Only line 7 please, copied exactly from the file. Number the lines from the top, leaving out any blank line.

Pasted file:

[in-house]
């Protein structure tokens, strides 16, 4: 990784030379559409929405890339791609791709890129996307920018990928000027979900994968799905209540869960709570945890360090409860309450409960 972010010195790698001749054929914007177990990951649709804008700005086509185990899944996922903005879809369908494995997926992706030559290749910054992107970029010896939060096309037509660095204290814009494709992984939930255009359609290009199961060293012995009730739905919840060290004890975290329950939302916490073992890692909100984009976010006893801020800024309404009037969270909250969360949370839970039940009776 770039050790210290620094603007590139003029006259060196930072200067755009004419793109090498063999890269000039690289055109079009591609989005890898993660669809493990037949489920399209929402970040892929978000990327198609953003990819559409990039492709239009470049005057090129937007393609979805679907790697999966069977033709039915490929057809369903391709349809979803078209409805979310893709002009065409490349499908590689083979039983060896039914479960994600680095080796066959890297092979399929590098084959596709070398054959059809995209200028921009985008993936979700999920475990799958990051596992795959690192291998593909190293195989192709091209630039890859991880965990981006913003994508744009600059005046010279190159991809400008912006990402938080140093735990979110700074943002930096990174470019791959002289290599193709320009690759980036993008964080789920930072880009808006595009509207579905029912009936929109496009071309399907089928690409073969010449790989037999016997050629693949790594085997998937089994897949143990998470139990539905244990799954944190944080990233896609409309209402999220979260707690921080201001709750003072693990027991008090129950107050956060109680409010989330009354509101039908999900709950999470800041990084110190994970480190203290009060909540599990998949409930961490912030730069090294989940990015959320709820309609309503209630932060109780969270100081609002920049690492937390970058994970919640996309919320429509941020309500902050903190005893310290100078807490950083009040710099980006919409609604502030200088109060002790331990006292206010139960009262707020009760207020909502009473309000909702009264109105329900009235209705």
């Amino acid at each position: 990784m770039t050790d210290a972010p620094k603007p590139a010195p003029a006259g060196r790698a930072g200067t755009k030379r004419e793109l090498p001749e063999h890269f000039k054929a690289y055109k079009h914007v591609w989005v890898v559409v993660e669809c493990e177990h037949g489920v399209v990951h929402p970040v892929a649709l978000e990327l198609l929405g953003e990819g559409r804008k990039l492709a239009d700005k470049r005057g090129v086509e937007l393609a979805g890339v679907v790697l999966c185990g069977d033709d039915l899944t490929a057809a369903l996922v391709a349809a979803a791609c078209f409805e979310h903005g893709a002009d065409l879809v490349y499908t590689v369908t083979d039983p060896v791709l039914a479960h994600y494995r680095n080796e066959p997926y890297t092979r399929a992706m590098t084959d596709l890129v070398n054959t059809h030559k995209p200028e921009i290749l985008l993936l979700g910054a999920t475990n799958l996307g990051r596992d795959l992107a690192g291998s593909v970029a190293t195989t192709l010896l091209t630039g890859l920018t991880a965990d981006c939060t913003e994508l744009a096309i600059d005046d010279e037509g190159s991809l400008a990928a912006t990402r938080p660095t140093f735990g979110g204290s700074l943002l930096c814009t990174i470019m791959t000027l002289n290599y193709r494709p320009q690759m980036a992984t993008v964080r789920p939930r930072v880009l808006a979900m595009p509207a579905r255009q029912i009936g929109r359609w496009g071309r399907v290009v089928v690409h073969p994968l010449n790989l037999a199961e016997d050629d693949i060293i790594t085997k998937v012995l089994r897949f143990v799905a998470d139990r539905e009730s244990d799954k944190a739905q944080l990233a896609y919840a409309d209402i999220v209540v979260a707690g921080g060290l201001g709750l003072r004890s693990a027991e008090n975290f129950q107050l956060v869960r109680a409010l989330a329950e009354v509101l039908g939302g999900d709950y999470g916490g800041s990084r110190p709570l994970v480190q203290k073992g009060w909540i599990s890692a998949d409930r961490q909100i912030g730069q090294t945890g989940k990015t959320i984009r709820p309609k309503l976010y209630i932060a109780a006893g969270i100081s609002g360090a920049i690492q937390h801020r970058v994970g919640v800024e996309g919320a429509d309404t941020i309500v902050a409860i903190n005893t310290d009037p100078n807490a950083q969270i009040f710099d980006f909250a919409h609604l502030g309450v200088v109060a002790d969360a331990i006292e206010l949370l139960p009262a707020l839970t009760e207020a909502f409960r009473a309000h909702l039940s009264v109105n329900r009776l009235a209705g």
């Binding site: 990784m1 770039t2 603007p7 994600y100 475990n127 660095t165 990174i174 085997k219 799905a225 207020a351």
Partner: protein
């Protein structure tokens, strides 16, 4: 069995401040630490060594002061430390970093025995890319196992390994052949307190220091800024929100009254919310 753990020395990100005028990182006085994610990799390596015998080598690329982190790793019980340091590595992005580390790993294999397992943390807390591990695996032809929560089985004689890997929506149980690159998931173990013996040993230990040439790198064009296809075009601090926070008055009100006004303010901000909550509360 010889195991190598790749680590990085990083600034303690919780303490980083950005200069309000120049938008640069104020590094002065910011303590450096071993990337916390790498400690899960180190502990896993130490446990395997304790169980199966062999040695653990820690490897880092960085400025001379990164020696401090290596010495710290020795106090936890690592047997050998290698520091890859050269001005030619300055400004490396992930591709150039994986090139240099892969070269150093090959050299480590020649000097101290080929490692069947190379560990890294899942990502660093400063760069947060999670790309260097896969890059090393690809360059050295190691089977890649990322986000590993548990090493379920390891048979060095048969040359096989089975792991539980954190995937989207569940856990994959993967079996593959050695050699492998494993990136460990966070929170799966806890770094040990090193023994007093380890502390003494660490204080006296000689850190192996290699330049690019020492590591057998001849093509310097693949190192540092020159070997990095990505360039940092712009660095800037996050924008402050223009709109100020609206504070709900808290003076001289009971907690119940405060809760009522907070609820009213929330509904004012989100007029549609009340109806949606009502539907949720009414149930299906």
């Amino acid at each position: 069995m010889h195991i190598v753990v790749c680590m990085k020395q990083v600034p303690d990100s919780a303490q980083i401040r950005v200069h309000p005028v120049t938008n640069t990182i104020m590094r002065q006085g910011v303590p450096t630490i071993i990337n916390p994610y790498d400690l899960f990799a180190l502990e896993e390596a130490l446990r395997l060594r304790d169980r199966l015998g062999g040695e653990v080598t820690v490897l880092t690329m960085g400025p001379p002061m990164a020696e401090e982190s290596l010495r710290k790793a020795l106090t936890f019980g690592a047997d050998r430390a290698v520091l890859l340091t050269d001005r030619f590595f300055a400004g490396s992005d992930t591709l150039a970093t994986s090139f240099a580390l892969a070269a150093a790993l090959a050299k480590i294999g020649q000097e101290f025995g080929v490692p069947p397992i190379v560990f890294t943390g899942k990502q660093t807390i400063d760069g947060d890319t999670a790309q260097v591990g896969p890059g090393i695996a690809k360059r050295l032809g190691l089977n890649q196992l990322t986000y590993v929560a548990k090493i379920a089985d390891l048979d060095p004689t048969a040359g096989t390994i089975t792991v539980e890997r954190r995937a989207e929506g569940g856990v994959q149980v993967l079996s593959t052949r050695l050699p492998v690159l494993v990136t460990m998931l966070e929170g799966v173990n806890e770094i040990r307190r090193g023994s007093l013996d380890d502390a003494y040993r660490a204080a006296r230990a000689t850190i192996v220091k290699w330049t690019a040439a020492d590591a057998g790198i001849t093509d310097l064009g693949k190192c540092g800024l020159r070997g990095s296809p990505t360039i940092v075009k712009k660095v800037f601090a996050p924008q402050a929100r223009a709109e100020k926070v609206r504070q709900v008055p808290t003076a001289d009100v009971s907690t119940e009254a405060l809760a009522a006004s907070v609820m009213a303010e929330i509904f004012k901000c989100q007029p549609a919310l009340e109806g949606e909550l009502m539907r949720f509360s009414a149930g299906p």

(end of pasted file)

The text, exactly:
């Amino acid at each position: 069995m010889h195991i190598v753990v790749c680590m990085k020395q990083v600034p303690d990100s919780a303490q980083i401040r950005v200069h309000p005028v120049t938008n640069t990182i104020m590094r002065q006085g910011v303590p450096t630490i071993i990337n916390p994610y790498d400690l899960f990799a180190l502990e896993e390596a130490l446990r395997l060594r304790d169980r199966l015998g062999g040695e653990v080598t820690v490897l880092t690329m960085g400025p001379p002061m990164a020696e401090e982190s290596l010495r710290k790793a020795l106090t936890f019980g690592a047997d050998r430390a290698v520091l890859l340091t050269d001005r030619f590595f300055a400004g490396s992005d992930t591709l150039a970093t994986s090139f240099a580390l892969a070269a150093a790993l090959a050299k480590i294999g020649q000097e101290f025995g080929v490692p069947p397992i190379v560990f890294t943390g899942k990502q660093t807390i400063d760069g947060d890319t999670a790309q260097v591990g896969p890059g090393i695996a690809k360059r050295l032809g190691l089977n890649q196992l990322t986000y590993v929560a548990k090493i379920a089985d390891l048979d060095p004689t048969a040359g096989t390994i089975t792991v539980e890997r954190r995937a989207e929506g569940g856990v994959q149980v993967l079996s593959t052949r050695l050699p492998v690159l494993v990136t460990m998931l966070e929170g799966v173990n806890e770094i040990r307190r090193g023994s007093l013996d380890d502390a003494y040993r660490a204080a006296r230990a000689t850190i192996v220091k290699w330049t690019a040439a020492d590591a057998g790198i001849t093509d310097l064009g693949k190192c540092g800024l020159r070997g990095s296809p990505t360039i940092v075009k712009k660095v800037f601090a996050p924008q402050a929100r223009a709109e100020k926070v609206r504070q709900v008055p808290t003076a001289d009100v009971s907690t119940e009254a405060l809760a009522a006004s907070v609820m009213a303010e929330i509904f004012k901000c989100q007029p549609a919310l009340e109806g949606e909550l009502m539907r949720f509360s009414a149930g299906p």